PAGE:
Take the 2-minute tour ×
English Language & Usage Stack Exchange is a question and answer site for linguists, etymologists, and serious English language enthusiasts. It's 100% free, no registration required.

Today’s New York Times reported a flamboyant dinner party hosted by President Obama to welcome President of China, Hu Jintao. According to the article, many outstanding figures of politics, business, sports, entertainment, and other fields were ‘on the list’ for the state dinner. Some ‘made the cut’. Some ‘made the list’. In this context, are ‘make the cut’ and ‘make the list’ exactly the same in meaning? Why don’t you simply say ‘[stay/survive] on the list‘?

Jimmy and Rosalynn Carter made the cut. So did Bill Clinton and his wife, the secretary of state. The heads of Microsoft, Boeing, Goldman Sachs, JPMorgan Chase and Walt Disney were on the list. So were the singer Barbra Streisand, the ice skater Michelle Kwan, the cellist Yo-Yo Ma, the architect Maya Lin and the fashion designer Vera Wang.
But Fred P. Hochberg, the chairman of the Export-Import Bank, did not make the list for President Obama’s state dinner for President Hu Jintao of China, even though trade was a major theme of the day.

share|improve this question
add comment

2 Answers

up vote 4 down vote accepted

"Make the list" and "make the cut" are interchangeable. "Stay on the list" probably derives from "makes the list" but it's not something I hear falling into the groove of a familiar expression. Sounds like someone avoided a cliché here.

Bonus extra: And for phrases of opposite meaning, a person who is "on the bubble" is in danger of getting cut.

Edit: "Stay on the list" implies that you've "made the cut/made the list" but are "on the bubble." :=)

share|improve this answer
    
Robusto. Thanks for providng me with always valuable input. 'On the bubble' - be in danger of gtting cut, it's a new asset to my English vocabulary. - Yoichi –  Yoichi Oishi Jan 21 '11 at 1:46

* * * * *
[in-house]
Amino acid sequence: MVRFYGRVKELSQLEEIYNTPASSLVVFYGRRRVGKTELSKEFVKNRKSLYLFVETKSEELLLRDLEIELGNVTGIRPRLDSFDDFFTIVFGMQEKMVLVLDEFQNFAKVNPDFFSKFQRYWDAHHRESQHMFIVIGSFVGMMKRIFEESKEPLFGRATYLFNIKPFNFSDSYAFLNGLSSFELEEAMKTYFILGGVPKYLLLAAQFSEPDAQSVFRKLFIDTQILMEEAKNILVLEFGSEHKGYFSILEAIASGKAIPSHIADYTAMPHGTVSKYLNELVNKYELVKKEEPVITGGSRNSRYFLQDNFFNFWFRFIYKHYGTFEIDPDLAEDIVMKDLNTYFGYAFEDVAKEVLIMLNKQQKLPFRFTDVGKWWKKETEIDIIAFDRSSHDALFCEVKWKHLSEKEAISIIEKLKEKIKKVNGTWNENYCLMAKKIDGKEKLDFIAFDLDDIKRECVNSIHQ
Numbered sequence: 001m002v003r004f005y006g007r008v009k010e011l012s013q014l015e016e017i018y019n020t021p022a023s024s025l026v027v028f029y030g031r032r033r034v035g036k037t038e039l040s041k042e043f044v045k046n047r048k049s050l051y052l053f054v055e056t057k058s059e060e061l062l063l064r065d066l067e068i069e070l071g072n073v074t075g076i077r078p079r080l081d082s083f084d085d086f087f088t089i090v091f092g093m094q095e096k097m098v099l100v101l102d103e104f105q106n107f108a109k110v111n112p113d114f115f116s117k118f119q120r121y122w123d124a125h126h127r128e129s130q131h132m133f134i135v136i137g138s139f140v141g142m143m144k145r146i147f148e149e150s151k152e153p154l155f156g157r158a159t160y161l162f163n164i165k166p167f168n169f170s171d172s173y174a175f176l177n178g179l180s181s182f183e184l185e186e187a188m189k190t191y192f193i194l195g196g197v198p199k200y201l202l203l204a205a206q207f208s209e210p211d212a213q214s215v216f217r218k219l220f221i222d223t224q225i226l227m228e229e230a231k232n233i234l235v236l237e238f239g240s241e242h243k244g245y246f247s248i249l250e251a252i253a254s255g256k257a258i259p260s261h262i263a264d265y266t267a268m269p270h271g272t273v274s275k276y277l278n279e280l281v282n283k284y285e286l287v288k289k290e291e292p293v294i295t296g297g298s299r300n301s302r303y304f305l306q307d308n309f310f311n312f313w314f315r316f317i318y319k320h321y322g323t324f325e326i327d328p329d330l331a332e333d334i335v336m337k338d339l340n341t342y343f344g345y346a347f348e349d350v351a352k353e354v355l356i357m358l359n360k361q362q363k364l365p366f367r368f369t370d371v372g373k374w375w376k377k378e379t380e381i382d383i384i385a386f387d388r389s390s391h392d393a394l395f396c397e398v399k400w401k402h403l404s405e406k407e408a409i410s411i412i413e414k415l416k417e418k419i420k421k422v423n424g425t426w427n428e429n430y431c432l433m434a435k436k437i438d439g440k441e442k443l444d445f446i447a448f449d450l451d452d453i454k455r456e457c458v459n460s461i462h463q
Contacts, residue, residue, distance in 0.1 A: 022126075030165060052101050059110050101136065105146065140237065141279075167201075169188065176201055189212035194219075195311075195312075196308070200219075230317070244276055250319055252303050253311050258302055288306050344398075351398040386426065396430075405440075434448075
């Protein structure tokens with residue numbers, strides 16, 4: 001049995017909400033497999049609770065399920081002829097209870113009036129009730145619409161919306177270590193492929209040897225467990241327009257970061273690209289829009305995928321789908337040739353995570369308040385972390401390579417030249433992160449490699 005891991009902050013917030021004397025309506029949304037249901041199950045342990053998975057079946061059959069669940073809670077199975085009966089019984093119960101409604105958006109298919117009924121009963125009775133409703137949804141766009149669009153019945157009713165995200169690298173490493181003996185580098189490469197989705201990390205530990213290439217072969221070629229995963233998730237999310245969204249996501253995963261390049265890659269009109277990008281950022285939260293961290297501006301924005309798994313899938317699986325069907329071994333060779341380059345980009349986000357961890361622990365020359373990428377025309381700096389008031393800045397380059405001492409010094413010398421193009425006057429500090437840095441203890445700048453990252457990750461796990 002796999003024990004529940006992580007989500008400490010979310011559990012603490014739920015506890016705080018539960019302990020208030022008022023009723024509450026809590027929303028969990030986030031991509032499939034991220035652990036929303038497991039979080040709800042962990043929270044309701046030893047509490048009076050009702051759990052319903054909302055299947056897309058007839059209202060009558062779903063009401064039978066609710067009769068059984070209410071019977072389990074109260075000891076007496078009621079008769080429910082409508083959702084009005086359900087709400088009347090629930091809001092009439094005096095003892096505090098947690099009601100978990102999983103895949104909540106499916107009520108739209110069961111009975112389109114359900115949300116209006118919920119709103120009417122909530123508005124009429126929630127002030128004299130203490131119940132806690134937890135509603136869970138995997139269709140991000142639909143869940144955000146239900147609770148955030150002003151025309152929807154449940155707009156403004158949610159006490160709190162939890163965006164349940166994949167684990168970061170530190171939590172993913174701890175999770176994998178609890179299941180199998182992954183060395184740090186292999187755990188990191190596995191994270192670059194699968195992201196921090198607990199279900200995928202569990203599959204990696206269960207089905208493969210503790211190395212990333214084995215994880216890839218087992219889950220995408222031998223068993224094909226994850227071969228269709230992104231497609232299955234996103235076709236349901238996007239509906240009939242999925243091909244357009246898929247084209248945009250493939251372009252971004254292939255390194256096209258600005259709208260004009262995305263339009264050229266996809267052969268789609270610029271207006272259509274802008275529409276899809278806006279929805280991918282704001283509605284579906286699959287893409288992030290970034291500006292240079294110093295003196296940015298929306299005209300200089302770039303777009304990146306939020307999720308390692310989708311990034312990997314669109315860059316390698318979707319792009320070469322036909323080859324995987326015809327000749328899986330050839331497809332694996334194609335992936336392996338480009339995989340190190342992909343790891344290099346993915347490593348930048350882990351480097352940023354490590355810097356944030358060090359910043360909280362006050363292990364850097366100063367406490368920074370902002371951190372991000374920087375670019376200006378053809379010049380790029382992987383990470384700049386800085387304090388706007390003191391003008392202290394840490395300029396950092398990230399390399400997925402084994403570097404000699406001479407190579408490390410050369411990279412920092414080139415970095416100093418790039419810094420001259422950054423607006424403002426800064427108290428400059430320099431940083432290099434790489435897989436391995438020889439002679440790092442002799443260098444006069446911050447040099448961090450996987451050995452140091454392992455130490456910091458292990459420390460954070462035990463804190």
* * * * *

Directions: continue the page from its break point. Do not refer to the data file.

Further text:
どういたしまして。。。。。。。 –  Robusto Jan 21 '11 at 2:48
    
Note: I had to add all the extra dots because answers must be 15 characters long ... –  Robusto Jan 21 '11 at 2:49
    
ち​ゃ​う​ね​ん​。​;-) –  deceze Jan 21 '11 at 9:36
    
@deceze: 何だかよく分からない。 –  Robusto Jan 21 '11 at 13:22
show 5 more comments

The idea here is there were bars to be scaled in order to get invited to the presidential dinner party. Hence, it was difficult to make the list. Indeed, there is an actual list of guests probably managed by White House staff.

We also talk about making the cut, because guest lists usually begin with many names but the number has to go down to something manageable, hence the cut.

Stay on the list and survive on the list could make sense in this contest, but they are really not idiomatic, i.e. naturally used. In addition, they do not evoke the brutal nature of the intrigues behind these powerful dinner lists.

share|improve this answer
add comment

Your Answer

 
discard

By posting your answer, you agree to the privacy policy and terms of service.

Not the answer you're looking for? Browse other questions tagged or ask your own question.